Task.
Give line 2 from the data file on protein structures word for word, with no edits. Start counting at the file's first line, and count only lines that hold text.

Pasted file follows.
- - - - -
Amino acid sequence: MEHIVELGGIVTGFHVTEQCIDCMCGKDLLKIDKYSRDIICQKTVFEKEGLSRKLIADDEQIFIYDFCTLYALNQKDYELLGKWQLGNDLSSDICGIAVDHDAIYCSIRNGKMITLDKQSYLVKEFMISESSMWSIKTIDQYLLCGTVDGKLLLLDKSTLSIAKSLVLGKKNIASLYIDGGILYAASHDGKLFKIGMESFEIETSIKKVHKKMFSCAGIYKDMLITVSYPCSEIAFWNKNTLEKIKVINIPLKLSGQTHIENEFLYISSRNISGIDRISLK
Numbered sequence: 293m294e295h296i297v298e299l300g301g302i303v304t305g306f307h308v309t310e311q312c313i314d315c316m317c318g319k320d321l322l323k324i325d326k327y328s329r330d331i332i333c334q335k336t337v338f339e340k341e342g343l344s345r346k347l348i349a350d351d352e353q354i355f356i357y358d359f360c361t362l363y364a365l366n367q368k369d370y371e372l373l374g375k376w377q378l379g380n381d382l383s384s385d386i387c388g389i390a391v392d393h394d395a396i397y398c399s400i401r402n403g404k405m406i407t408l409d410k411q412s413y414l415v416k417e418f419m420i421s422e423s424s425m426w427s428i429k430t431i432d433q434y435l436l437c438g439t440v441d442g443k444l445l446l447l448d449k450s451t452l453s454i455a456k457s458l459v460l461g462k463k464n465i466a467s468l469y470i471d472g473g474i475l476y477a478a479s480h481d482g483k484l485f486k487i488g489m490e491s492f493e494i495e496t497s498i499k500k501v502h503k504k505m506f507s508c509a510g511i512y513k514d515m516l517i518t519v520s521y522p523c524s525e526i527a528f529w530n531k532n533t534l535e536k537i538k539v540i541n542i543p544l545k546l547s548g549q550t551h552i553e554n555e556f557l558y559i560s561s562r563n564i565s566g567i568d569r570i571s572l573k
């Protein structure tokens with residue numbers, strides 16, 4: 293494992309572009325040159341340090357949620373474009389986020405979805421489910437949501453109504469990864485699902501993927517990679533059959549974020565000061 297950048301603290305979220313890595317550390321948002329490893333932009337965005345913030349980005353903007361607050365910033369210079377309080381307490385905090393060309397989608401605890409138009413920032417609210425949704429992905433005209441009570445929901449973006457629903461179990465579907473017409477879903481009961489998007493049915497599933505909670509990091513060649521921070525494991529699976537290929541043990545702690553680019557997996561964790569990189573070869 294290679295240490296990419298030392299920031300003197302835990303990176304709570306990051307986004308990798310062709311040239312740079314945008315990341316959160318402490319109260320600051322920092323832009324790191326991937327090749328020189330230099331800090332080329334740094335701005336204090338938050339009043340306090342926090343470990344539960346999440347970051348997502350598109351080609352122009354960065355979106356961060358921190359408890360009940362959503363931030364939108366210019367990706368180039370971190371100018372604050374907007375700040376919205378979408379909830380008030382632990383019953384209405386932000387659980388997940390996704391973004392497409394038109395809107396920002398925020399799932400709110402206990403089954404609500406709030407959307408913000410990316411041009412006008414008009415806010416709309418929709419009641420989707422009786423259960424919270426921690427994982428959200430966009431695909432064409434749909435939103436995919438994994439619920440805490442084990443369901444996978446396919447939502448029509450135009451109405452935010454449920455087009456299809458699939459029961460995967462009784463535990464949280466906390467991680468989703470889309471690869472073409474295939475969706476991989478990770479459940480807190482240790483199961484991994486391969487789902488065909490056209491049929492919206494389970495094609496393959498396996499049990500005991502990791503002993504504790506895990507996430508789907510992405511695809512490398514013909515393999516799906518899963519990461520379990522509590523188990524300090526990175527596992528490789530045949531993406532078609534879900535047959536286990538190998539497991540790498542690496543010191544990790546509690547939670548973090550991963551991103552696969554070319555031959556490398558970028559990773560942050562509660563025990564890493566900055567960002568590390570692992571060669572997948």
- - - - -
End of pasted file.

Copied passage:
Numbered sequence: 293m294e295h296i297v298e299l300g301g302i303v304t305g306f307h308v309t310e311q312c313i314d315c316m317c318g319k320d321l322l323k324i325d326k327y328s329r330d331i332i333c334q335k336t337v338f339e340k341e342g343l344s345r346k347l348i349a350d351d352e353q354i355f356i357y358d359f360c361t362l363y364a365l366n367q368k369d370y371e372l373l374g375k376w377q378l379g380n381d382l383s384s385d386i387c388g389i390a391v392d393h394d395a396i397y398c399s400i401r402n403g404k405m406i407t408l409d410k411q412s413y414l415v416k417e418f419m420i421s422e423s424s425m426w427s428i429k430t431i432d433q434y435l436l437c438g439t440v441d442g443k444l445l446l447l448d449k450s451t452l453s454i455a456k457s458l459v460l461g462k463k464n465i466a467s468l469y470i471d472g473g474i475l476y477a478a479s480h481d482g483k484l485f486k487i488g489m490e491s492f493e494i495e496t497s498i499k500k501v502h503k504k505m506f507s508c509a510g511i512y513k514d515m516l517i518t519v520s521y522p523c524s525e526i527a528f529w530n531k532n533t534l535e536k537i538k539v540i541n542i543p544l545k546l547s548g549q550t551h552i553e554n555e556f557l558y559i560s561s562r563n564i565s566g567i568d569r570i571s572l573k